WASHINGTON — In the wake of a pandemic that claimed more than 1 million American lives, Congress in December instructed the White House to create a new, permanent office to coordinate the government’s readiness for the next pandemic threat.
The White House hasn’t gotten around to actually getting it up and running.
The office was intended to be a permanent solution for the ongoing need for the White House to hire “czars” to handle public health threats like Ebola, AIDS, and Covid-19. But Biden hasn’t nominated anyone to lead it, just a month before a crucial turning point in the administration’s pandemic response.
The Covid-19 public health emergency will end on May 11, and the Washington Post first reported that date could lead to a formal unwinding of the White House Covid-19 response team. The process has already started, as several top pandemic response officials have departed in recent months. If the infrastructure isn’t retained in the form of a new office soon, mustering the political will to create a new office will only become more difficult as people move on from Covid and as the presidential election approaches, two pandemic response experts told STAT.
“The problem is that no one really wants to think about pandemics between when they occur,” said Ken Bernard, who worked in biodefense policy in both the Clinton and George W. Bush White Houses.
Sen. Patty Murray (D-Wash.), who was a key architect of the law that created the pandemic readiness office, said it’s critical that the government has a team in place, ready to go 24/7, to coordinate pandemic preparedness and response efforts.
“I worked hard to pass my PREVENT Pandemics Act to ensure we have a permanent Office of Pandemic Preparedness and Response Policy. … As the administration works to wind down its COVID task force and stand up this new pandemic office, I’ll be watching closely to ensure that it fulfills its crucial mission,” Murray told STAT in a written statement.
The talking points out of the White House recently have been that the pandemic response is in a better place than it has been, and emergency response tools are no longer needed.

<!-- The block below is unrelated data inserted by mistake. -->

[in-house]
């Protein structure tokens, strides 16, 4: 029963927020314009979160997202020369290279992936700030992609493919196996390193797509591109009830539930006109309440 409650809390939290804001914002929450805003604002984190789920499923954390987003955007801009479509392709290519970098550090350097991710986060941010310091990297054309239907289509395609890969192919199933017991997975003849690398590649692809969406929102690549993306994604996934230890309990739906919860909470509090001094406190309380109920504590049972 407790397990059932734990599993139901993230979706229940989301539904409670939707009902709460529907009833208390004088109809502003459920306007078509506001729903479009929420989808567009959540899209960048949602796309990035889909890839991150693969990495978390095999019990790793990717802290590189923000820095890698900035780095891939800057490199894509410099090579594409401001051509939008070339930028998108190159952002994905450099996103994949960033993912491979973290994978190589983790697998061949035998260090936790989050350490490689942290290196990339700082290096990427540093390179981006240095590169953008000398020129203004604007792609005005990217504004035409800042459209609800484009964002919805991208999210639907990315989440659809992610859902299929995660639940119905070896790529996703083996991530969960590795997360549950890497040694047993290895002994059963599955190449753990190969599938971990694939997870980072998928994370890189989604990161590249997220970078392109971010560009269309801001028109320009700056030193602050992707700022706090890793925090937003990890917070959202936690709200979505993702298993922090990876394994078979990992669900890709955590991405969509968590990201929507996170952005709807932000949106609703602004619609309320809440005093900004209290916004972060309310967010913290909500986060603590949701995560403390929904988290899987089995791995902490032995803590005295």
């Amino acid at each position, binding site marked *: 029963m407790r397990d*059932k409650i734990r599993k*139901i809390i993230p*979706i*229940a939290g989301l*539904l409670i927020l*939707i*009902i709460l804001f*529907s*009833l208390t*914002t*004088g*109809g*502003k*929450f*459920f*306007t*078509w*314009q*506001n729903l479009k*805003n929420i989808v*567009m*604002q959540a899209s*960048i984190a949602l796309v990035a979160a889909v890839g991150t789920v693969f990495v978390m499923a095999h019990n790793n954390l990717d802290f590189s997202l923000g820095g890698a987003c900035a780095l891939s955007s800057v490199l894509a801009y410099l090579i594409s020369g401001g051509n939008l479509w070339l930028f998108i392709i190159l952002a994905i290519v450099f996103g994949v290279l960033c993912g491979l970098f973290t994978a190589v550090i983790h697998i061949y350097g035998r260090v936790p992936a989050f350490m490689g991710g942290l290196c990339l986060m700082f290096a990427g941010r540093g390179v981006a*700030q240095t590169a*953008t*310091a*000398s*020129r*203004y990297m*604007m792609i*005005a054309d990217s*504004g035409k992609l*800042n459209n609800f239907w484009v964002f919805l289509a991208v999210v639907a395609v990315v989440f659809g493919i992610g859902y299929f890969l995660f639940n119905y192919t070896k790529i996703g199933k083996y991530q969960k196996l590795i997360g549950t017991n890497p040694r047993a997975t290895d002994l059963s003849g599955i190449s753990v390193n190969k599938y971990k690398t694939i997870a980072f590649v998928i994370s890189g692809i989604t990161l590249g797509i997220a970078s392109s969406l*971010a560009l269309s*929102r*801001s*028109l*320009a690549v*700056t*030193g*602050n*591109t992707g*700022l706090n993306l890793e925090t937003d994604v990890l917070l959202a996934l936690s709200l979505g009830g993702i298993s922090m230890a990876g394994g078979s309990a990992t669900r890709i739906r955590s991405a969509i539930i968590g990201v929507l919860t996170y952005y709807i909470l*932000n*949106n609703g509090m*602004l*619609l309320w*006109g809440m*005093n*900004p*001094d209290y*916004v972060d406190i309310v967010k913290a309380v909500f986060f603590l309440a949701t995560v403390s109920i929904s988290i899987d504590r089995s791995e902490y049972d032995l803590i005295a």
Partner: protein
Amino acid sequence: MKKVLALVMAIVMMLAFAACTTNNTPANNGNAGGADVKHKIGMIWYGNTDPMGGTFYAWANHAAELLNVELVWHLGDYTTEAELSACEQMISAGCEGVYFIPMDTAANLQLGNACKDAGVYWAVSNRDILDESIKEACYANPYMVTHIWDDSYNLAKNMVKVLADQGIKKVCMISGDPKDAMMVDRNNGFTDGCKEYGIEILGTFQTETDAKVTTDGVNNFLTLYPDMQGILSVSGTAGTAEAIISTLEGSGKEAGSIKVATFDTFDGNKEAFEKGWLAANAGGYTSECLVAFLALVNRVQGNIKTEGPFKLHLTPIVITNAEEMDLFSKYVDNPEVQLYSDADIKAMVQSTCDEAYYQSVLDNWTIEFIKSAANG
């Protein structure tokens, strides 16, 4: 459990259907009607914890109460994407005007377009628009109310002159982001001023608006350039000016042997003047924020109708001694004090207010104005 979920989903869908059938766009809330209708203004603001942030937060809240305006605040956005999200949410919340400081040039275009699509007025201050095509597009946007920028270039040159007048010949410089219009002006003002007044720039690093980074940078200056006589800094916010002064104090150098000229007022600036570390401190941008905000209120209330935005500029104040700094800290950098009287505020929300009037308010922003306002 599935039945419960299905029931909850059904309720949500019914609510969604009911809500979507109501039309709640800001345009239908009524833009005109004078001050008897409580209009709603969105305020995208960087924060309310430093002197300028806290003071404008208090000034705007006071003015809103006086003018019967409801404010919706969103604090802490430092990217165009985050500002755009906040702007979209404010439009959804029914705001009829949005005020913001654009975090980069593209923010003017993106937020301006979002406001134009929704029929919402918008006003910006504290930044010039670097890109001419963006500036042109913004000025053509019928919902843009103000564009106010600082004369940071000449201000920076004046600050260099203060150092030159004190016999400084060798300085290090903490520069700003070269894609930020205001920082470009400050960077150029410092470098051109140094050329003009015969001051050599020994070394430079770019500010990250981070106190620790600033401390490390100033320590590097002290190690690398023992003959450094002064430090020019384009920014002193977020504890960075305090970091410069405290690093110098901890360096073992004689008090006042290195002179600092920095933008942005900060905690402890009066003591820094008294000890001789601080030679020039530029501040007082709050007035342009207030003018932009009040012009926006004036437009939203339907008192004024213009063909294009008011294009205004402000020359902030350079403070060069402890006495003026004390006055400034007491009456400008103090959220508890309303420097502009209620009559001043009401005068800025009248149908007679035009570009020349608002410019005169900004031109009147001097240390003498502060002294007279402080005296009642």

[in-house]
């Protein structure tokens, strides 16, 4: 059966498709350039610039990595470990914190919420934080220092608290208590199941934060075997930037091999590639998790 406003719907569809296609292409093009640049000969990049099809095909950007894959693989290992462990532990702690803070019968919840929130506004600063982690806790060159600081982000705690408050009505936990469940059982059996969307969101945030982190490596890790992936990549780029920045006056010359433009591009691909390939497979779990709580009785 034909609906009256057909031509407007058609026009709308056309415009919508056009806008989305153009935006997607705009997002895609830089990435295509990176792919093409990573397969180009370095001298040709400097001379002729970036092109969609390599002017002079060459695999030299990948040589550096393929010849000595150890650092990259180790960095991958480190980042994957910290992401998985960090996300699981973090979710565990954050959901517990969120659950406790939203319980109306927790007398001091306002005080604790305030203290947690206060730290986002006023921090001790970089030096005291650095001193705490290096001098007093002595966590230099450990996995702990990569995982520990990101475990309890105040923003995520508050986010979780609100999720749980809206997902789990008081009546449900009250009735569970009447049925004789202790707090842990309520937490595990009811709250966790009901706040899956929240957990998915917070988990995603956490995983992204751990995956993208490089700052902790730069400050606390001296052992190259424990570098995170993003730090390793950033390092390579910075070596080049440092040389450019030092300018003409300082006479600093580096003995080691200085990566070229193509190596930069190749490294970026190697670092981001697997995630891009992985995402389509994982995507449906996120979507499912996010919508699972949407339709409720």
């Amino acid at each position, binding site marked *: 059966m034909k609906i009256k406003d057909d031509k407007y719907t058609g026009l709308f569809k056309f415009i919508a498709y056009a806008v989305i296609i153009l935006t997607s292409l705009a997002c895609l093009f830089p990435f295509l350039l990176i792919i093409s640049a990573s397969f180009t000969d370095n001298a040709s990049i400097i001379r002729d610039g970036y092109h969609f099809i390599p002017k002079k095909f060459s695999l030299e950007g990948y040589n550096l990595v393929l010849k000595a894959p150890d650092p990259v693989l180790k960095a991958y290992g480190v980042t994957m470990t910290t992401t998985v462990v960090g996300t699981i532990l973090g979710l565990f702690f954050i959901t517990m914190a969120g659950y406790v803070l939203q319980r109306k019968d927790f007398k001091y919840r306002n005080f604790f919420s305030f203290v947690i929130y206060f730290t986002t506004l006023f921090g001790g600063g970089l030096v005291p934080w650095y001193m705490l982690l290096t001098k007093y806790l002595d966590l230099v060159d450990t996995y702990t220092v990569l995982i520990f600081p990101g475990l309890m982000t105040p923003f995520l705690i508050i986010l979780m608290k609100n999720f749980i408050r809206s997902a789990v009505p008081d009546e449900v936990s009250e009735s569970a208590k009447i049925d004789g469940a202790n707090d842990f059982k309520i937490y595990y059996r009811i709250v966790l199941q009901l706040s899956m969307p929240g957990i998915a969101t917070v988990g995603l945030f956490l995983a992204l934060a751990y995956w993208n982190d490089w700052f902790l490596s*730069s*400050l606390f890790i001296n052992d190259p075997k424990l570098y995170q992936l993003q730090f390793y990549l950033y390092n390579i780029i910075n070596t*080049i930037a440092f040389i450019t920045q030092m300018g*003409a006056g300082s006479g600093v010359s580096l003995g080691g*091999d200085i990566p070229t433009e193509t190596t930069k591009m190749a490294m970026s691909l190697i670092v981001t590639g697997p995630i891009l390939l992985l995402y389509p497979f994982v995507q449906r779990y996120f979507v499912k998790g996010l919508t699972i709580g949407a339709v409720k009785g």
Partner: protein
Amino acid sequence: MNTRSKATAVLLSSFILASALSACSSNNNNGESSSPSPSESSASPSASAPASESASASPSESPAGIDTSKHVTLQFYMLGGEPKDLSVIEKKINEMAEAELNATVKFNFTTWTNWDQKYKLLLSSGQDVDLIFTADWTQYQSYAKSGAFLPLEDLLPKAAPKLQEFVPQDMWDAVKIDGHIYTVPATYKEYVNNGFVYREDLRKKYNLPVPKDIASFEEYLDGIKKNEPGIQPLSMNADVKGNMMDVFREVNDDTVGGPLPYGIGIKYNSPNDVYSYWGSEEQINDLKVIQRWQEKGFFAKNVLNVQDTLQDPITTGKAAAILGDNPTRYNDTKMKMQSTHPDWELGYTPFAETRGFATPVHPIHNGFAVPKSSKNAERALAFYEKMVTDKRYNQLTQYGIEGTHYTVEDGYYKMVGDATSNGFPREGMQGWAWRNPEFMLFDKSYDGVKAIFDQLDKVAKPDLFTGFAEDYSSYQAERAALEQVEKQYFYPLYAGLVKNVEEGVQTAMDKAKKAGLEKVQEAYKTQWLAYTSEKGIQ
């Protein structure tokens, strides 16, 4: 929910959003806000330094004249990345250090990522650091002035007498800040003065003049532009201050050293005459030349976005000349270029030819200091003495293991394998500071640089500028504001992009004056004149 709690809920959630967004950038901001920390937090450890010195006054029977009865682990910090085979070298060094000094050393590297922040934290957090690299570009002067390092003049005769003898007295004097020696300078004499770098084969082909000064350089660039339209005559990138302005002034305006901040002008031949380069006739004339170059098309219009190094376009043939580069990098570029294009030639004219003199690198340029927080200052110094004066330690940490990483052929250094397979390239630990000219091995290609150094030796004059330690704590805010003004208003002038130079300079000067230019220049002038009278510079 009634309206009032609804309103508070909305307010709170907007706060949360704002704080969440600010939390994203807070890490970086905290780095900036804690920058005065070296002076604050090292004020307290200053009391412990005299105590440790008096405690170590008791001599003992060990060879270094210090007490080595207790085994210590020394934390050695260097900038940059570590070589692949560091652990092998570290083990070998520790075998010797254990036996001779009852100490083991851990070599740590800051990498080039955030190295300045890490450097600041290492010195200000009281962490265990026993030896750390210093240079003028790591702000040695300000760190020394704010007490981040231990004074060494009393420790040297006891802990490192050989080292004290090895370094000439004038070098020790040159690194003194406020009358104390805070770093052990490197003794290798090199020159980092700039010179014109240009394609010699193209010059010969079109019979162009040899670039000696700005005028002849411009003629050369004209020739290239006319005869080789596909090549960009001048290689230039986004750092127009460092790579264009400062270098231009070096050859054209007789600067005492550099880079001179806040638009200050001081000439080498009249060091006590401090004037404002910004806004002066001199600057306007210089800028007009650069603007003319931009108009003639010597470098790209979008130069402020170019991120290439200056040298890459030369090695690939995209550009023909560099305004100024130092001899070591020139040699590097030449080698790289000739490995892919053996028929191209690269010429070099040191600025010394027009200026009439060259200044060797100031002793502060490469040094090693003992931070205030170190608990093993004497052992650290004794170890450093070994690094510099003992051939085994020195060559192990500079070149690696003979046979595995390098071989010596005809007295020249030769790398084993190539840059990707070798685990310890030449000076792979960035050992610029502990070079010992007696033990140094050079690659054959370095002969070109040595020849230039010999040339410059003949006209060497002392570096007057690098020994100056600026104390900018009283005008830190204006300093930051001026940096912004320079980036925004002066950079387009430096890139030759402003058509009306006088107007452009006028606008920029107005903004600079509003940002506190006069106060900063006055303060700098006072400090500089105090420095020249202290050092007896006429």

“It is a signal that we are in a different, and in a better place with Covid. That doesn’t mean Covid is gone, that doesn’t mean Covid’s not a problem, but that means that the emergency tools we needed to manage this virus are no longer needed in the same way,” White House Covid-19 Response Coordinator Ashish Jha told WBUR last month.
But it’s unclear what the post-emergency infrastructure to address pandemic threats in the White House will look like under Biden.
The new director’s main responsibilities would be to advise the president on preparing for pandemics and other biological threats, to coordinate response activities across the federal government — including research into new countermeasures and distribution of medical supplies — and to evaluate the government’s readiness. The director would also be a member of the Domestic Policy Council and the National Security Council.
Biden’s current chief of staff, Jeff Zients, who is likely to make final decisions on how the office is set up, first joined the Biden White House as Covid-19 response coordinator.
The structure may be complicated, as some of the responsibilities overlap with the NSC Directorate for Global Health Security and Biodefense run currently by Raj Panjabi, Bernard said.
Still — “This new office has to be done. It’s law,” Bernard said.
A few different options include creating a new, freestanding office, combining it with the existing NSC directorate, or putting it under the Domestic Policy Council or the Office of Science and Technology Policy, said J. Stephen Morrison, a senior vice president at the Center for Strategic and International Studies and the director of its Global Health Policy Center.
A White House spokesperson said in a written statement that the office’s structure is “under review.”
While Congress didn’t provide any new funding for the office in December, the Biden administration is in a unique position to resource the office internally, because it already employed people in-house to run the Covid-19 response. As of the White House’s most recent report to Congress in July, the White House directly employed 17 people with “Covid-19” in their job titles, and paid them $1.8 million in total. That total doesn’t include officials who are working at the White House who are on loan from other agencies. The law allows for up to 25 staff in the new office.
The provision that created the new office was part of a larger pandemic preparedness package assembled by Murray and former Sen. Richard Burr.
Burr told STAT that he thinks the White House response is moving in the right direction with the decision to end various emergency declarations soon, and says he believes the White House has bought in to creating a new office.
“I am confident that the White House will soon take step three: standing up the new pandemic preparedness and response office to ensure we remain vigilant against current and potential threats on the horizon,” Burr said.
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